Shellcheck will emit SC2068 twice: for f and for g1. For f it's a false negative since echo will do the same thing either way.

For saving effort, assume that if the code lints it won't trip up on something you haven't thought about, and spend less time trying to think about everything. If you passed on the arguments between functions as "$@" in your script, and it lints fine, (1) congratulations you got it, and you didn't confuse it with $@, $*, or "$*", so you don't have to read this part of my blog post again. If you didn't and got a random error, you fixed it quickly without worrying too much, and then see (1). Your echo "$@" is slightly less readable and otherwise equivalent to echo $@, so you wrote worse code, but you didn't spend time thinking about it so you saved time.

If you're in the other position, where you need to push quality up, fix the error and warnings, I guarantee that there will be some. For that investment of effort, the quality will go up: and you will have fewer cases where your pipeline worked fine until some header had a space in it.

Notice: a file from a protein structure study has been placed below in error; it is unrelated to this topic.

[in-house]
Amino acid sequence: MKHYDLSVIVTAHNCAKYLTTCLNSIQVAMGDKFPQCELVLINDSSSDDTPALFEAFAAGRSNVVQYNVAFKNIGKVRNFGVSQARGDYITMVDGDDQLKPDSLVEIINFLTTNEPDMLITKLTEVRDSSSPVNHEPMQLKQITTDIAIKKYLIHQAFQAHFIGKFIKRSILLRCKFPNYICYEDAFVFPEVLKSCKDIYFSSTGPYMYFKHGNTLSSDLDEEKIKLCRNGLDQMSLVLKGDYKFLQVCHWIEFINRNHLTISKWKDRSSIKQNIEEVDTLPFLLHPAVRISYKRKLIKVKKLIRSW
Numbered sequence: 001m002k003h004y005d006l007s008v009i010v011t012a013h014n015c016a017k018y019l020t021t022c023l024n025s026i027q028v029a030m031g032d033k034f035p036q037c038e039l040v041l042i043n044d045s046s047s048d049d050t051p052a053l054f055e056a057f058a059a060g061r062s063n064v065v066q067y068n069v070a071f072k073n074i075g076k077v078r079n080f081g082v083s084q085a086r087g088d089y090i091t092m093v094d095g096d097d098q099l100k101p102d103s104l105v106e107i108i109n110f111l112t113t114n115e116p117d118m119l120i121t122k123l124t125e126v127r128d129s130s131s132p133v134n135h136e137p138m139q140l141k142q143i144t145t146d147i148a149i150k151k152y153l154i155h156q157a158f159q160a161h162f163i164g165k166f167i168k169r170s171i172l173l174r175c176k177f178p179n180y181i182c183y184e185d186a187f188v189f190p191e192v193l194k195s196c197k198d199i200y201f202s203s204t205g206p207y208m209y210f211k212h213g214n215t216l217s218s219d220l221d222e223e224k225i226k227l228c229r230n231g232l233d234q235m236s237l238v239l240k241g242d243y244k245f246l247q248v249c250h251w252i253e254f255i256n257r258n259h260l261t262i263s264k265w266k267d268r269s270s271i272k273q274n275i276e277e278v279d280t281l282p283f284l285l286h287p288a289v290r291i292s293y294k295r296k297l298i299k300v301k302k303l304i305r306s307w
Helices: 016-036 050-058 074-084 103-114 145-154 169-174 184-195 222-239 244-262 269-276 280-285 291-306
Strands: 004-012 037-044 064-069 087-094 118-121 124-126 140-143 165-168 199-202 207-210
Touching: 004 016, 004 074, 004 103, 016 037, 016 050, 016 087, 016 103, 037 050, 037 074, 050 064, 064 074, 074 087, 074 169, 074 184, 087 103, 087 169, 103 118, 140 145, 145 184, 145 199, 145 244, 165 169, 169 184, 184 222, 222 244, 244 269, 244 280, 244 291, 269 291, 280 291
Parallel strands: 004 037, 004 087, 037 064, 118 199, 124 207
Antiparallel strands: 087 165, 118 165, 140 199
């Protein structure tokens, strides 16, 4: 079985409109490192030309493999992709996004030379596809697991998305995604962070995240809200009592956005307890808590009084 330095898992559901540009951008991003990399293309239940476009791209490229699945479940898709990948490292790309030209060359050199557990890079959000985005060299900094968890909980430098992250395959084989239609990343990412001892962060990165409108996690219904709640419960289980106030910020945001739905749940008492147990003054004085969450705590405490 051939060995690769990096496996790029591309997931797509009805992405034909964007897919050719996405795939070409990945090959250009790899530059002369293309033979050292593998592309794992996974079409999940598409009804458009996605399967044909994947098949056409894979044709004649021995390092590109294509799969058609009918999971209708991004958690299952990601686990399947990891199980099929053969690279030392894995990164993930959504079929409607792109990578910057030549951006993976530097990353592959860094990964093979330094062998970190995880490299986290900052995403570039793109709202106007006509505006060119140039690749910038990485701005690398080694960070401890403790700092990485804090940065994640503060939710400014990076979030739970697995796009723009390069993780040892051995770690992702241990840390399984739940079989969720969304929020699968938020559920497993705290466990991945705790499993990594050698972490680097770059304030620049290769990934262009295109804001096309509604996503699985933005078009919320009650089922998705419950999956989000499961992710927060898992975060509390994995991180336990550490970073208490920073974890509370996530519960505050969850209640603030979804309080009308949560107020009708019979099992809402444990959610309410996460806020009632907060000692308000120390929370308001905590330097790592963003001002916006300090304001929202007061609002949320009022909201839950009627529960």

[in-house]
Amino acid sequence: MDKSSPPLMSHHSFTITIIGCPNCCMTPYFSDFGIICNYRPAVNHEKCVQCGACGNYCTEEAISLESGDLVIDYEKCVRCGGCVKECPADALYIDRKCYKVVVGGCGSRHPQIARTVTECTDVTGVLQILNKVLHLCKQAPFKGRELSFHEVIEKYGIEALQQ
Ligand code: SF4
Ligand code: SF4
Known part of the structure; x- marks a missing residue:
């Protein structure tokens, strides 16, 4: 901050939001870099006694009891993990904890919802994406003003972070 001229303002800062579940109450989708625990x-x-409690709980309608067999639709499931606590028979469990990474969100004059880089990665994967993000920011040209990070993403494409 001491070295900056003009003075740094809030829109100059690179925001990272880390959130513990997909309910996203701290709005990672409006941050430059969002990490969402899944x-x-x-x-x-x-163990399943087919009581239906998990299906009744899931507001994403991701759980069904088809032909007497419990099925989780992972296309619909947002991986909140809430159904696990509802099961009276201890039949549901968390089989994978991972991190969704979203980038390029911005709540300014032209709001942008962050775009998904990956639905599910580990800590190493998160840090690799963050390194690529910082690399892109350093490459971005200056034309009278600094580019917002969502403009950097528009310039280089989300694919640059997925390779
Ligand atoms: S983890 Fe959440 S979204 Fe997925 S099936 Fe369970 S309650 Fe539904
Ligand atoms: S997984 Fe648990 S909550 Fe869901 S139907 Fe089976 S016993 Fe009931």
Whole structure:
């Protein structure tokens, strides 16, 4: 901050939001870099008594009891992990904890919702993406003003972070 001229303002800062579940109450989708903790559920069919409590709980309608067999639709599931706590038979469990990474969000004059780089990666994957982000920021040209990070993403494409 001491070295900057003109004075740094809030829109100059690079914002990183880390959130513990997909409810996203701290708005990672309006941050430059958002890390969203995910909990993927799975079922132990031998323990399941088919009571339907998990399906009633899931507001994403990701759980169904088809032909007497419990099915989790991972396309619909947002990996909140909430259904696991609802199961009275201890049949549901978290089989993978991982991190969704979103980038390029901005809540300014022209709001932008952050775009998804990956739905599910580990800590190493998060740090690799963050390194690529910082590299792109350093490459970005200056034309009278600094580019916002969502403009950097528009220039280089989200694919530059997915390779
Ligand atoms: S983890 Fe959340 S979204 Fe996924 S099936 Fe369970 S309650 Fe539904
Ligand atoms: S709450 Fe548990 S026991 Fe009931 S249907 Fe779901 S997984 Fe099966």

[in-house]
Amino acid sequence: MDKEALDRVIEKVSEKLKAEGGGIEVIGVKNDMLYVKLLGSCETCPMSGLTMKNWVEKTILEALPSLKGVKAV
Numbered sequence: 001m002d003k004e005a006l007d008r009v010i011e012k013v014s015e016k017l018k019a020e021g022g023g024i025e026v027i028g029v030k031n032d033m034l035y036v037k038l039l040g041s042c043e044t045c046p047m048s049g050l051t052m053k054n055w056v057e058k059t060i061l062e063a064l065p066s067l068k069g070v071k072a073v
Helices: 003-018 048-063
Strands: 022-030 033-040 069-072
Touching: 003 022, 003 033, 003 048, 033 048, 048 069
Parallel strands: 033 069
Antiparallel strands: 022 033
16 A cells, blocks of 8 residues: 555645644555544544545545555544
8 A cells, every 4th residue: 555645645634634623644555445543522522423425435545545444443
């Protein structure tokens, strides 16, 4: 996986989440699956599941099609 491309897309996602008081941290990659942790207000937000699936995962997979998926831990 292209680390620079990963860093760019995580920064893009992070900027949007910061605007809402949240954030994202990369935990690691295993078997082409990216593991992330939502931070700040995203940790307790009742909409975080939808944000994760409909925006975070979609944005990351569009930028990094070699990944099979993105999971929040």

Coda (15 April 2018)

I would like to add a nice ending, with a historical perspective. I've written most of this when I was working on the Atlas pipeline. I moved stuff around, installed bats, wrote some tests, I also installed shellcheck and integrated it with Test Anything Protocol. Writing the tests pushed the project in a good direction- it created units of code that were okay - but at the time nobody needed to change that code so what's the point. Shellcheck told our bioinformatician about all the potential problems his code could have but actually didn't- because he ran it, and it was fine, so what was Shellcheck on about. Before I left I changed the pipeline to only alert on linter errors, and made it send everyone an email.

I feel I did a more significant job when fixing bugs and polishing individual scripts, like, that R script which didn't work for TSV files with one column because R read it in as a vector instead of a matrix, or that Perl script which called Statistics::Descriptive to calculate percentiles on an small array for each 50.000 x 100 matrix entry, and using libraries to achieve common tasks is desirable except this one helpfully precalculated a bunch of other statistics users might also want- I found out it takes long under a profiler, went to read the package code, and saw it's completely not right for how it was used: carving it up and including just the bits needed gave our script a nice speedup.

I've since learned about another use case of BATS- in devops, as part of ansible test. In other words, your deployment script has just done a bunch of stuff, write some assertions about what it did, and if they're about files being present and programs succeeding Bash is the right language to do it in, and BATS provides convenient utilities for this.